CEO Interview

HIRE Technologies Inc. [TSXV:HIRE, OTC:HIRRF] is focused on the acquisition of staffing, human resources (“HR”) consulting, and information technology firms. North America’s COVID-19 economic recovery plans will likely include government stimulus programs targeted towards re-employing millions of affected workers across the United States and Canada. To handle this impending surge in demand, the staffing industry will have to rely more heavily on technology driven solutions. We recently spoke with HIRE’s CEO Simon Dealy to learn more about this opportunity and HIRE’s growth plans.

Sophic Capital - Logo - Colour

HIRE Technologies CEO Simon Dealy

Q: Simon, can you give us a sense of HIRE’s history, evolution, and key milestones?

A: Absolutely! Our strategy is to scale via acquisition. The Company was incorporated in June 2017 and listed on the TSX Venture exchange in December 2019. We have attained multiple major milestones in the past 12 months, despite the headwinds presented by COVID-19. In August 2020, we closed a $2.4 million convertible debt financing; in September, we announced and closed The Headhunters acquisition for $1 million. In November, we announced the Kavin Group acquisition for $1 million with a concurrent $4.1 million equity financing. In December, we announced and closed the Taylor Ryan acquisition for $4.1 million; and finally in April 2021, we announced and closed the Pulsify acquisition for $1.9 million. All in all, the past twelve months have been our busiest, and we’re only getting started.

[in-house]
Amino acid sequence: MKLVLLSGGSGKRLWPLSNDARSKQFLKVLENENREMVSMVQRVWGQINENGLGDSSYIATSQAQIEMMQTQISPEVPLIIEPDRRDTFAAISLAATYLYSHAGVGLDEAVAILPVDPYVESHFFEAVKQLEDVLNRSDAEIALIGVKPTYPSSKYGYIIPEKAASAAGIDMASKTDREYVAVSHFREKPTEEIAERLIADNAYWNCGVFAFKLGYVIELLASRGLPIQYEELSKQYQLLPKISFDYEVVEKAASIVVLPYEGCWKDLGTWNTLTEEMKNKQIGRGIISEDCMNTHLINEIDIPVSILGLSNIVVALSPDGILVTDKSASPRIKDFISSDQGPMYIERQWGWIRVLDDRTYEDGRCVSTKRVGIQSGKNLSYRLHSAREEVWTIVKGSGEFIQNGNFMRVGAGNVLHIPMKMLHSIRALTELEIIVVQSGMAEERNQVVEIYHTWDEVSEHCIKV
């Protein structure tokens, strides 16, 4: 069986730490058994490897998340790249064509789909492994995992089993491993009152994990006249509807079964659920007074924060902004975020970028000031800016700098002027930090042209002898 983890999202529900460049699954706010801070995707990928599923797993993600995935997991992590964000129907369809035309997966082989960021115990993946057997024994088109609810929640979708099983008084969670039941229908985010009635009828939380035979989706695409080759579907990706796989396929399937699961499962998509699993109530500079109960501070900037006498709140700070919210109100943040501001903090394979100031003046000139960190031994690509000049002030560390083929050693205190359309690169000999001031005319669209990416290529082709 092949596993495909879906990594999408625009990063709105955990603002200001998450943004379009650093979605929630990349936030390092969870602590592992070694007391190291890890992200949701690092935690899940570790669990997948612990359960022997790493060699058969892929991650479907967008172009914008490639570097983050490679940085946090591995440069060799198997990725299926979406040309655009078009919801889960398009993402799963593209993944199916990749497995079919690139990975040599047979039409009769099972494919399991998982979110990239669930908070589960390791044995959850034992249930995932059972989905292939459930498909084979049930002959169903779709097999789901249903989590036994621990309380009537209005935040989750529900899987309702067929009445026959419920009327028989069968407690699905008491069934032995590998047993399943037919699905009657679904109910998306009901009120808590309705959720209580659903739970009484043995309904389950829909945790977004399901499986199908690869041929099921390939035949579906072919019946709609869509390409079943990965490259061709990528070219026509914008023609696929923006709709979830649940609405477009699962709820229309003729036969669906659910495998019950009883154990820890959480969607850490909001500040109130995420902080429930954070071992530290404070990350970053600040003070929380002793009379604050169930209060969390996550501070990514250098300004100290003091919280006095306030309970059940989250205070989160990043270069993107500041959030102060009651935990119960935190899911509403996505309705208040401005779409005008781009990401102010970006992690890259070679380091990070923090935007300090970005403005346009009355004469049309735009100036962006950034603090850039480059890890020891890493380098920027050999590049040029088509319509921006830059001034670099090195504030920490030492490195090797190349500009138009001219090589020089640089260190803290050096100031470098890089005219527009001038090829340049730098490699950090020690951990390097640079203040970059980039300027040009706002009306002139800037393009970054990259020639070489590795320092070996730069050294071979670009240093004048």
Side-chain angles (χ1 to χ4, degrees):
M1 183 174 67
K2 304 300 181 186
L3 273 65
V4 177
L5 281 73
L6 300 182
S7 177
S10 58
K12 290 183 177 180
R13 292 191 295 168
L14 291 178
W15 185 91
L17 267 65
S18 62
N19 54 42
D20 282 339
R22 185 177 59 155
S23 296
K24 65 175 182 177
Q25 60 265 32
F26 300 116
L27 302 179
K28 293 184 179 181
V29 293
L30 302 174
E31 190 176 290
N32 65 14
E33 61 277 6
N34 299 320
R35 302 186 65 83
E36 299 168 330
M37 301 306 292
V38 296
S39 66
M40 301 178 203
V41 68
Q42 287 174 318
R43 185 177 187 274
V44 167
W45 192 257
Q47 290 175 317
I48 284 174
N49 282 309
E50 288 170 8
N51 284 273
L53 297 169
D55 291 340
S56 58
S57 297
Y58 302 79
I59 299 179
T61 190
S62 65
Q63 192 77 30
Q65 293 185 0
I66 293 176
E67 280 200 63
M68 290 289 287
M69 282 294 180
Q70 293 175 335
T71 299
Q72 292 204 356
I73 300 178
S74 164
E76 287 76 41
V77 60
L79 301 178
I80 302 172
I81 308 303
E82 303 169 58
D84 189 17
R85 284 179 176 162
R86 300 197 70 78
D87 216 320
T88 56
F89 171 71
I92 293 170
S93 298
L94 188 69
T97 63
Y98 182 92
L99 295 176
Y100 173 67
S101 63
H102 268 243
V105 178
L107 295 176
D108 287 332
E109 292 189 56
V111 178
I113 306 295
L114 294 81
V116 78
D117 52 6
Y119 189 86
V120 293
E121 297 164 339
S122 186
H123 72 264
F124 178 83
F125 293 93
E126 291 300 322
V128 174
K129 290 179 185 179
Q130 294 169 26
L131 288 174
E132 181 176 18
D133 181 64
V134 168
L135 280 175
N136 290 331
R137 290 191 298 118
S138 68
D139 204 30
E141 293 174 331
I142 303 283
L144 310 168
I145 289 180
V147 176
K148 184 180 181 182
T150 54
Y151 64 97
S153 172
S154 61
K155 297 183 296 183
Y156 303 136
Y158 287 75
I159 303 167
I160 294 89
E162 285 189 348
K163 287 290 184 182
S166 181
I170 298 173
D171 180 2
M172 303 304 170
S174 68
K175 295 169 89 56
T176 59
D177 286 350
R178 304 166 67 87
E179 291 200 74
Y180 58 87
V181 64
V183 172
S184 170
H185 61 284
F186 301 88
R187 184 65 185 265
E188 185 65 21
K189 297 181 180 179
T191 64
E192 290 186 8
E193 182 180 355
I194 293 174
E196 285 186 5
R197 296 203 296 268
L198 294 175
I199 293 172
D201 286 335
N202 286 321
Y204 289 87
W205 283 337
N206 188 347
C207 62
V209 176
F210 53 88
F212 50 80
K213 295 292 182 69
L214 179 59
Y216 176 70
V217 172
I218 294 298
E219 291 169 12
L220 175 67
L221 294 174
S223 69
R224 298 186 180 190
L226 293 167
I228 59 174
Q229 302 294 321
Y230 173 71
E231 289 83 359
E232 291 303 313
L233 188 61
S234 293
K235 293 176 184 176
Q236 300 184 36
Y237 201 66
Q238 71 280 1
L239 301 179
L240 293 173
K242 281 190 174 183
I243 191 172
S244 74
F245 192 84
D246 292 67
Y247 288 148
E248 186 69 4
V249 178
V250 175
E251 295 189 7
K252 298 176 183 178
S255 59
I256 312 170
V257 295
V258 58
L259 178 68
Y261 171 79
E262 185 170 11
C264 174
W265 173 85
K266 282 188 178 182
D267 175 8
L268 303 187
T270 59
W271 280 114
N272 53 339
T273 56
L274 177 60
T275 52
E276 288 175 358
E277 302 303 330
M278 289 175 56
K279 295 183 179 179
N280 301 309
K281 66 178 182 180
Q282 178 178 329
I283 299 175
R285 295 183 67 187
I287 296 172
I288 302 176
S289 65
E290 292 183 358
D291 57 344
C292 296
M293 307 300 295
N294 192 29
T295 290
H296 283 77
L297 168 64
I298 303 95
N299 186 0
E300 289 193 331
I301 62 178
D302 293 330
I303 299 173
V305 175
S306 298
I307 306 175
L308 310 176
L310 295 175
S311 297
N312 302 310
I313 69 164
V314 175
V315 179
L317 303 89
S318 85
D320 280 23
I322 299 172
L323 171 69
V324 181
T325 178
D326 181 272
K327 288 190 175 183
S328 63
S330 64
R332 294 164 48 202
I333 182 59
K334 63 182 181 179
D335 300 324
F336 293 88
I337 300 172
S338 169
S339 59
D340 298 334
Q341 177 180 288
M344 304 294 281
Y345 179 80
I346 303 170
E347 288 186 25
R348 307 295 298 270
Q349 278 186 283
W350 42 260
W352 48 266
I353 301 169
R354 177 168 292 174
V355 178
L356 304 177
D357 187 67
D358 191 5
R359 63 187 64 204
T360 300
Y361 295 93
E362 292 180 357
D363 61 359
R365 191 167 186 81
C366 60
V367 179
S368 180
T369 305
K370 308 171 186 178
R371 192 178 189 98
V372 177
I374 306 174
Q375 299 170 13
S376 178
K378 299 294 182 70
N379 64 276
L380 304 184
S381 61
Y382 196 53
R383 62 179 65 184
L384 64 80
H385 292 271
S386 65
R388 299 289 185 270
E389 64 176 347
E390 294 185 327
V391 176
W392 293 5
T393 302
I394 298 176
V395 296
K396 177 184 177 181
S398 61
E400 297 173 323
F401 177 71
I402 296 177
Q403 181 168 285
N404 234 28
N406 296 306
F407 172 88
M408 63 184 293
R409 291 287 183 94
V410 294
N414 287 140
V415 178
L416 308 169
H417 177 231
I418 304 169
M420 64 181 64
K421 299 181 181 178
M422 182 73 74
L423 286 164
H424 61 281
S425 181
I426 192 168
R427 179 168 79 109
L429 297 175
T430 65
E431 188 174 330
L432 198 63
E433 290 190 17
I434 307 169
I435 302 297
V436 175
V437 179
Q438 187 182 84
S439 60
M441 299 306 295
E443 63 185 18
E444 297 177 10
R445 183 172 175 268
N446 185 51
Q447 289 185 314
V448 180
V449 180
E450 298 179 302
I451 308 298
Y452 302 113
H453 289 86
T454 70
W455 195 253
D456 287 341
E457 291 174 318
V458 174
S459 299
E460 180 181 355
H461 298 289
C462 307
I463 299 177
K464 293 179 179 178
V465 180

Q: Tell us more about how you are evolving the business towards your longer-term goals?

A: HIRE was effectively a portfolio of traditional independent staffing businesses that earn fees for assisting clients to place employees and fill roles. A large amount of this work, driving about 90% of our revenue, has been recurring contract-based engagements, whereby the worker was employed by HIRE and performed work for clients. The remainder are more conventional on-occurrence permanent placements of mid-level managers to senior executives. As part of our evolution, we’ve introduced value-added HR software applications onto our platform. Our vision is to combine these technology solutions with our traditional staffing business, and we believe executing on it will pave the way for value creation at HIRE.

Q: And how do you plan to increase HIRE’s value-add software portfolio?